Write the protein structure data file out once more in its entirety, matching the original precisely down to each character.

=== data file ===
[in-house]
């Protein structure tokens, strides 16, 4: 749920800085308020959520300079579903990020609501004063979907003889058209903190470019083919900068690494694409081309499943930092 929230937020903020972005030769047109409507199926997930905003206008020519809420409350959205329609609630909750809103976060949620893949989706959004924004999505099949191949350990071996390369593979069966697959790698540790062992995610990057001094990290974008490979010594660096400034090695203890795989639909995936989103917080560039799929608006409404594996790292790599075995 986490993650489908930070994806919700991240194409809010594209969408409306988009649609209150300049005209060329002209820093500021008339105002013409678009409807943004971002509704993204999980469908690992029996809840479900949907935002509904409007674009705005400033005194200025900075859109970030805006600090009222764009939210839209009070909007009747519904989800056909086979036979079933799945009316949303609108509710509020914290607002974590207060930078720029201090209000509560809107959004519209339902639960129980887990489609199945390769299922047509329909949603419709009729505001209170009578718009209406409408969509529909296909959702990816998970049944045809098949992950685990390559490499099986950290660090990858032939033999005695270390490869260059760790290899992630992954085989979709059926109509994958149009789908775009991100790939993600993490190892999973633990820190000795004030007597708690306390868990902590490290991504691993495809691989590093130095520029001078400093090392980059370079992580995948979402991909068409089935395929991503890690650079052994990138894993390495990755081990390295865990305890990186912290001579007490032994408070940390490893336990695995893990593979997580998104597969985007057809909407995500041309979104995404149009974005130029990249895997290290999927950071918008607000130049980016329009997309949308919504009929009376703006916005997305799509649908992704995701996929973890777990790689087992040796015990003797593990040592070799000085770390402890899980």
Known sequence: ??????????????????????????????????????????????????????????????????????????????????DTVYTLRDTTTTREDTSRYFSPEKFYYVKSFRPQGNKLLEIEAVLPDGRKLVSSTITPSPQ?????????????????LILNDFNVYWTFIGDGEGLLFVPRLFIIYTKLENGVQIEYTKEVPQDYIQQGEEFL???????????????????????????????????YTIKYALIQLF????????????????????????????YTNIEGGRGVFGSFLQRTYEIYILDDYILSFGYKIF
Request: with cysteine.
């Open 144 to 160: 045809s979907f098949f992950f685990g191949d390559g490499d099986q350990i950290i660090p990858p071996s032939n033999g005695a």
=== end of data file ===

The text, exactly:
[in-house]
């Protein structure tokens, strides 16, 4: 749920800085308020959520300079579903990020609501004063979907003889058209903190470019083919900068690494694409081309499943930092 929230937020903020972005030769047109409507199926997930905003206008020519809420409350959205329609609630909750809103976060949620893949989706959004924004999505099949191949350990071996390369593979069966697959790698540790062992995610990057001094990290974008490979010594660096400034090695203890795989639909995936989103917080560039799929608006409404594996790292790599075995 986490993650489908930070994806919700991240194409809010594209969408409306988009649609209150300049005209060329002209820093500021008339105002013409678009409807943004971002509704993204999980469908690992029996809840479900949907935002509904409007674009705005400033005194200025900075859109970030805006600090009222764009939210839209009070909007009747519904989800056909086979036979079933799945009316949303609108509710509020914290607002974590207060930078720029201090209000509560809107959004519209339902639960129980887990489609199945390769299922047509329909949603419709009729505001209170009578718009209406409408969509529909296909959702990816998970049944045809098949992950685990390559490499099986950290660090990858032939033999005695270390490869260059760790290899992630992954085989979709059926109509994958149009789908775009991100790939993600993490190892999973633990820190000795004030007597708690306390868990902590490290991504691993495809691989590093130095520029001078400093090392980059370079992580995948979402991909068409089935395929991503890690650079052994990138894993390495990755081990390295865990305890990186912290001579007490032994408070940390490893336990695995893990593979997580998104597969985007057809909407995500041309979104995404149009974005130029990249895997290290999927950071918008607000130049980016329009997309949308919504009929009376703006916005997305799509649908992704995701996929973890777990790689087992040796015990003797593990040592070799000085770390402890899980």
Known sequence: ??????????????????????????????????????????????????????????????????????????????????DTVYTLRDTTTTREDTSRYFSPEKFYYVKSFRPQGNKLLEIEAVLPDGRKLVSSTITPSPQ?????????????????LILNDFNVYWTFIGDGEGLLFVPRLFIIYTKLENGVQIEYTKEVPQDYIQQGEEFL???????????????????????????????????YTIKYALIQLF????????????????????????????YTNIEGGRGVFGSFLQRTYEIYILDDYILSFGYKIF
Request: with cysteine.
């Open 144 to 160: 045809s979907f098949f992950f685990g191949d390559g490499d099986q350990i950290i660090p990858p071996s032939n033999g005695a």